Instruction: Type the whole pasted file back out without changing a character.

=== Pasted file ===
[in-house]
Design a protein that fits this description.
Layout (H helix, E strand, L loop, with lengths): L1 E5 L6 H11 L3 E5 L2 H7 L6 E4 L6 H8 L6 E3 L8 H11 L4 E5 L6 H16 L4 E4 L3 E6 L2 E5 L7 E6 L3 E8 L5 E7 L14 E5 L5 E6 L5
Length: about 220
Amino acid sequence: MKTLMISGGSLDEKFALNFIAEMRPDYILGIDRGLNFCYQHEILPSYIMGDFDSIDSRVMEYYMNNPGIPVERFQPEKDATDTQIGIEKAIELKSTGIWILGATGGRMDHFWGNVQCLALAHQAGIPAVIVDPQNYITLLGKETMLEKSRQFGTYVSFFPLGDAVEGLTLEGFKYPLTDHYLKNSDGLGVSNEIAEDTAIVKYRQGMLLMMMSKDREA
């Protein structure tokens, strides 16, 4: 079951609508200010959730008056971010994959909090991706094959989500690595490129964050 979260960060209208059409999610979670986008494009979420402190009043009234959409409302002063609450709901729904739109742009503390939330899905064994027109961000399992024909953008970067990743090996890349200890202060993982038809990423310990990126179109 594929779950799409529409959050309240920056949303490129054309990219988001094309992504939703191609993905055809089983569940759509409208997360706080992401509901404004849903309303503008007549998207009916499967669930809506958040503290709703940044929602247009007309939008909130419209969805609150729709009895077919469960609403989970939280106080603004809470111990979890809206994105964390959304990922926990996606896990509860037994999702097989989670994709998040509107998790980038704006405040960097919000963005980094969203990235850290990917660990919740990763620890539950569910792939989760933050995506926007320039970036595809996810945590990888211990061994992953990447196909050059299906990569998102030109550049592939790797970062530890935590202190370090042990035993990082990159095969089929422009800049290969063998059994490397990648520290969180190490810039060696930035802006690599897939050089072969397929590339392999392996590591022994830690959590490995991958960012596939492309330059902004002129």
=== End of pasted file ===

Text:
[in-house]
Design a protein that fits this description.
Layout (H helix, E strand, L loop, with lengths): L1 E5 L6 H11 L3 E5 L2 H7 L6 E4 L6 H8 L6 E3 L8 H11 L4 E5 L6 H16 L4 E4 L3 E6 L2 E5 L7 E6 L3 E8 L5 E7 L14 E5 L5 E6 L5
Length: about 220
Amino acid sequence: MKTLMISGGSLDEKFALNFIAEMRPDYILGIDRGLNFCYQHEILPSYIMGDFDSIDSRVMEYYMNNPGIPVERFQPEKDATDTQIGIEKAIELKSTGIWILGATGGRMDHFWGNVQCLALAHQAGIPAVIVDPQNYITLLGKETMLEKSRQFGTYVSFFPLGDAVEGLTLEGFKYPLTDHYLKNSDGLGVSNEIAEDTAIVKYRQGMLLMMMSKDREA
């Protein structure tokens, strides 16, 4: 079951609508200010959730008056971010994959909090991706094959989500690595490129964050 979260960060209208059409999610979670986008494009979420402190009043009234959409409302002063609450709901729904739109742009503390939330899905064994027109961000399992024909953008970067990743090996890349200890202060993982038809990423310990990126179109 594929779950799409529409959050309240920056949303490129054309990219988001094309992504939703191609993905055809089983569940759509409208997360706080992401509901404004849903309303503008007549998207009916499967669930809506958040503290709703940044929602247009007309939008909130419209969805609150729709009895077919469960609403989970939280106080603004809470111990979890809206994105964390959304990922926990996606896990509860037994999702097989989670994709998040509107998790980038704006405040960097919000963005980094969203990235850290990917660990919740990763620890539950569910792939989760933050995506926007320039970036595809996810945590990888211990061994992953990447196909050059299906990569998102030109550049592939790797970062530890935590202190370090042990035993990082990159095969089929422009800049290969063998059994490397990648520290969180190490810039060696930035802006690599897939050089072969397929590339392999392996590591022994830690959590490995991958960012596939492309330059902004002129």